Nonetheless, this is an urban park, and subject to urban insults. While a 50-foot buffer along the creek helps blunt the waterway from runoff, the park is located in a flood plain, and during the heaviest rains, water rushes from downtown and engorges the banks, carrying with it plastic bottles and bags and Styrofoam trays, as well as invisible pollutants like fertilizers, oil and fuel.
Since Third Fork Creek, including the portion in Forest Hills, ultimately drains to the drinking water supply, it needs protections under the Clean Water Act — protections that could be unraveled under the Trump administration. By narrowing the definition of the phrase “Waters of the United States,” it would be “the biggest rollback in clean water protections in the 47 years since the Clean Water Act became law,” Gisler testified last week at a hearing of the House Subcommittee on Water Resources and the Environment.
The confusion over WOTUS, according to the U.S. Army Corps of Engineers, which administers it, is whether “intermittent streams” and “ephemeral streams”— tributaries that only temporarily connect to navigable waters, such as during heavy rain — deserve federal protection.
Years of legal wrangling and Supreme Court decisions only muddied the issue. For example, in 2006, the U.S. Supreme Court split 4-1-4 on the definition of a water of the United States. “They didn’t look at the science of WOTUS but in the dictionary for the definition,” Gisler said. “Four justices said if it’s not a stream, lake or river, it’s not protected. Four justices said leave it to the Corps and the EPA to decide. One, Justice Kennedy, wrote in his opinion that a ‘significant nexus’ of water bodies that affects downstream water quality is the standard.”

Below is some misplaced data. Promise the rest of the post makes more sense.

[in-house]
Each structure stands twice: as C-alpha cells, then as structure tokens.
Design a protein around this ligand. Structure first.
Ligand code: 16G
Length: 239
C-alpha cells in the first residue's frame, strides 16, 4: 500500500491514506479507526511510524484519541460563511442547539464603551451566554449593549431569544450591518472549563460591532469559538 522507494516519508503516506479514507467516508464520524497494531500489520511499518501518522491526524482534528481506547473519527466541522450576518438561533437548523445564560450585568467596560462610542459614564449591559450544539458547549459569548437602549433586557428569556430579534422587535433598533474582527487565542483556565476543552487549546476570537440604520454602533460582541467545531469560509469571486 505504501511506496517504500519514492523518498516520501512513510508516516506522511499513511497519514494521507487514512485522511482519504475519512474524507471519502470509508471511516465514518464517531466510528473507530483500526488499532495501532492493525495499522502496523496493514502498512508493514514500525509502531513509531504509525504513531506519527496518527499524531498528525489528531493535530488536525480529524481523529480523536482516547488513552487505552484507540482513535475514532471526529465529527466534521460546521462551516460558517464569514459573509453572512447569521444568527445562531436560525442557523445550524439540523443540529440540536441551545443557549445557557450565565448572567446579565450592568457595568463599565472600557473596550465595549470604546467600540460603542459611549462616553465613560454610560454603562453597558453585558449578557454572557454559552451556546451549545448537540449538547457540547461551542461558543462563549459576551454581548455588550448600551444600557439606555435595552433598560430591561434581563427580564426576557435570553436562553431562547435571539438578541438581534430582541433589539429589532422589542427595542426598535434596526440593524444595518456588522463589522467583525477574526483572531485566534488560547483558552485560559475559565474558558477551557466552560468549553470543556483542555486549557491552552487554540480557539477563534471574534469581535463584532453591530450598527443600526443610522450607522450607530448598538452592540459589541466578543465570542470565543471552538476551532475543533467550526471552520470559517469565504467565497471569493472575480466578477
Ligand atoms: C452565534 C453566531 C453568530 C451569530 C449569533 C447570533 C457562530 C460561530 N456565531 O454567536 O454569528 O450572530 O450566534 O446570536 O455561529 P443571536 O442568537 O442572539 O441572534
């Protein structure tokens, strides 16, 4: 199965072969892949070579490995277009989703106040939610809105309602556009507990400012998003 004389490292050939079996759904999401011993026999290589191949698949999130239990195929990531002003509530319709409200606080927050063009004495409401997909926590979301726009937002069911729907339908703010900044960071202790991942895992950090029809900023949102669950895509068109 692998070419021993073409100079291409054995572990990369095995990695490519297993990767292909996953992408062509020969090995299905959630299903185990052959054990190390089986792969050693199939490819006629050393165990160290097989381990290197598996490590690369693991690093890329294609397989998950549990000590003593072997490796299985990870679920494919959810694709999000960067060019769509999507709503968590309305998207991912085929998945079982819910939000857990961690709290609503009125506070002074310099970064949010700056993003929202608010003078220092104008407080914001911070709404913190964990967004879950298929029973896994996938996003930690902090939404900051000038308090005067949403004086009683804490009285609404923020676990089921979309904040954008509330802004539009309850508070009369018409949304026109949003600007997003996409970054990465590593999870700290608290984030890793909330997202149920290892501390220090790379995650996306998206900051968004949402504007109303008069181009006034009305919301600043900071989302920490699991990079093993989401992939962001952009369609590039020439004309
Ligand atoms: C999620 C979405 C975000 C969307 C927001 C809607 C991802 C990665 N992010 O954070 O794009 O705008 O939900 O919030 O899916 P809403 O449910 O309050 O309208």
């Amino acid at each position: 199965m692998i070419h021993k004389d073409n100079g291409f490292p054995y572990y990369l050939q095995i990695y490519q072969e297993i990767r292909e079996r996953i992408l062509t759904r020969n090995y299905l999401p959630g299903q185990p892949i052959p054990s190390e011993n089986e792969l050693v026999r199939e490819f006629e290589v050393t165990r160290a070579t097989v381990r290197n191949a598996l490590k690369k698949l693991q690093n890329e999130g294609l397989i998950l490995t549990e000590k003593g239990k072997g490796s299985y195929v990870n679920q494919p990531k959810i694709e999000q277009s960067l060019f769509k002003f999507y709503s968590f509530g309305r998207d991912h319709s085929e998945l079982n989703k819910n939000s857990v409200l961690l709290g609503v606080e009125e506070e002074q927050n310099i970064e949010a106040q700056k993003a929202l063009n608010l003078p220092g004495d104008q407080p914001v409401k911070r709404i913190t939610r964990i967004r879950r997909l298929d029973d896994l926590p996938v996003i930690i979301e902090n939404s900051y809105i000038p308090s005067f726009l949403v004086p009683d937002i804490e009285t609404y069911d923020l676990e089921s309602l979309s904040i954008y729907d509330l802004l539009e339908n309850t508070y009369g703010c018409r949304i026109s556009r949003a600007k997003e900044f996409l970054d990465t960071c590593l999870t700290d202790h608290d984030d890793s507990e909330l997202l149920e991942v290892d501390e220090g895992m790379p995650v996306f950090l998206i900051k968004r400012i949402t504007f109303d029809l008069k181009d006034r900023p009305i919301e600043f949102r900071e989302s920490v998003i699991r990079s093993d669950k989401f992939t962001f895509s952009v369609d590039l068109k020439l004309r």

So in 2015, the Obama administration amended the WOTUS rule. In doing so, the EPA validated the science showing the underground hydrological connections between ephemeral or intermittent streams and their more robust counterparts. Obama’s WOTUS rule acknowledged the ecological value of isolated wetlands in providing flood control and wildlife habitat. It did not, contrary to the rule’s opponents, apply to most farm ditches, farm ponds, and storm water retention areas in housing developments.
Because of legal challenges, the Obama rule was not implemented nationwide, with about half the country using it and the other half reverting to a weaker one enacted during the administration of President George W. Bush. (North Carolina, which in 2016, joined a multi-state lawsuit against the Obama WOTUS, has been operating under the Bush-era rule.)